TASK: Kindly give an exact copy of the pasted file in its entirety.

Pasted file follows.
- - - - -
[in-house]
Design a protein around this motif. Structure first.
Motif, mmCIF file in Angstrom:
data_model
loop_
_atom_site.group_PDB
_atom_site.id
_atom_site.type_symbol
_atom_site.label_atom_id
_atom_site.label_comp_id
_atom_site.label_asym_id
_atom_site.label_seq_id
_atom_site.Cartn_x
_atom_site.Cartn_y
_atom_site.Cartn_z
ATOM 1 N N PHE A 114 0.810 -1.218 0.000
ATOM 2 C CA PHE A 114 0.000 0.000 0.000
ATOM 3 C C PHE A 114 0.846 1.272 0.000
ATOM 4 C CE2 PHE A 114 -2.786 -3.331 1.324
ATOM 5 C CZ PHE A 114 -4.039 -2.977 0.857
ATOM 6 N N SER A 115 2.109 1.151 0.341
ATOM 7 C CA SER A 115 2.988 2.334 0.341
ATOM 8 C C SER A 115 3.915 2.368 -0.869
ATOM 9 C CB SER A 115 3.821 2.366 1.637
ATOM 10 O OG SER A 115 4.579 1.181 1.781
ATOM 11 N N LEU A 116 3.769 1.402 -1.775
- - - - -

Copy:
[in-house]
Design a protein around this motif. Structure first.
Motif, mmCIF file in Angstrom:
data_model
loop_
_atom_site.group_PDB
_atom_site.id
_atom_site.type_symbol
_atom_site.label_atom_id
_atom_site.label_comp_id
_atom_site.label_asym_id
_atom_site.label_seq_id
_atom_site.Cartn_x
_atom_site.Cartn_y
_atom_site.Cartn_z
ATOM 1 N N PHE A 114 0.810 -1.218 0.000
ATOM 2 C CA PHE A 114 0.000 0.000 0.000
ATOM 3 C C PHE A 114 0.846 1.272 0.000
ATOM 4 C CE2 PHE A 114 -2.786 -3.331 1.324
ATOM 5 C CZ PHE A 114 -4.039 -2.977 0.857
ATOM 6 N N SER A 115 2.109 1.151 0.341
ATOM 7 C CA SER A 115 2.988 2.334 0.341
ATOM 8 C C SER A 115 3.915 2.368 -0.869
ATOM 9 C CB SER A 115 3.821 2.366 1.637
ATOM 10 O OG SER A 115 4.579 1.181 1.781
ATOM 11 N N LEU A 116 3.769 1.402 -1.775